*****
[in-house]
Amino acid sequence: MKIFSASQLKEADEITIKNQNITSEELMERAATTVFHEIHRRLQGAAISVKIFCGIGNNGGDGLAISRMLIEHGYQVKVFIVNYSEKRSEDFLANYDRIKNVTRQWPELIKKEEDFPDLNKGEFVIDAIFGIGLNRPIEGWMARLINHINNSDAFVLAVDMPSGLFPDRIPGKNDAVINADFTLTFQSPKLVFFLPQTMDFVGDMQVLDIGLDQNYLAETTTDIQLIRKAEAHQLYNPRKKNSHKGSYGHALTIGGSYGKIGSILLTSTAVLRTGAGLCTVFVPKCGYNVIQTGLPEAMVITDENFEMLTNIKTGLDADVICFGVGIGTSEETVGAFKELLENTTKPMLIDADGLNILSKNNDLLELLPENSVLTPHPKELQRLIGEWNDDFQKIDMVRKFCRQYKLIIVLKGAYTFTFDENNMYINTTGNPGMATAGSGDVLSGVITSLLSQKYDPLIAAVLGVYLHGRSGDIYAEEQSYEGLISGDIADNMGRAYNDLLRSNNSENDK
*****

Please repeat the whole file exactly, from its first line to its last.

[in-house]
Amino acid sequence: MKIFSASQLKEADEITIKNQNITSEELMERAATTVFHEIHRRLQGAAISVKIFCGIGNNGGDGLAISRMLIEHGYQVKVFIVNYSEKRSEDFLANYDRIKNVTRQWPELIKKEEDFPDLNKGEFVIDAIFGIGLNRPIEGWMARLINHINNSDAFVLAVDMPSGLFPDRIPGKNDAVINADFTLTFQSPKLVFFLPQTMDFVGDMQVLDIGLDQNYLAETTTDIQLIRKAEAHQLYNPRKKNSHKGSYGHALTIGGSYGKIGSILLTSTAVLRTGAGLCTVFVPKCGYNVIQTGLPEAMVITDENFEMLTNIKTGLDADVICFGVGIGTSEETVGAFKELLENTTKPMLIDADGLNILSKNNDLLELLPENSVLTPHPKELQRLIGEWNDDFQKIDMVRKFCRQYKLIIVLKGAYTFTFDENNMYINTTGNPGMATAGSGDVLSGVITSLLSQKYDPLIAAVLGVYLHGRSGDIYAEEQSYEGLISGDIADNMGRAYNDLLRSNNSENDK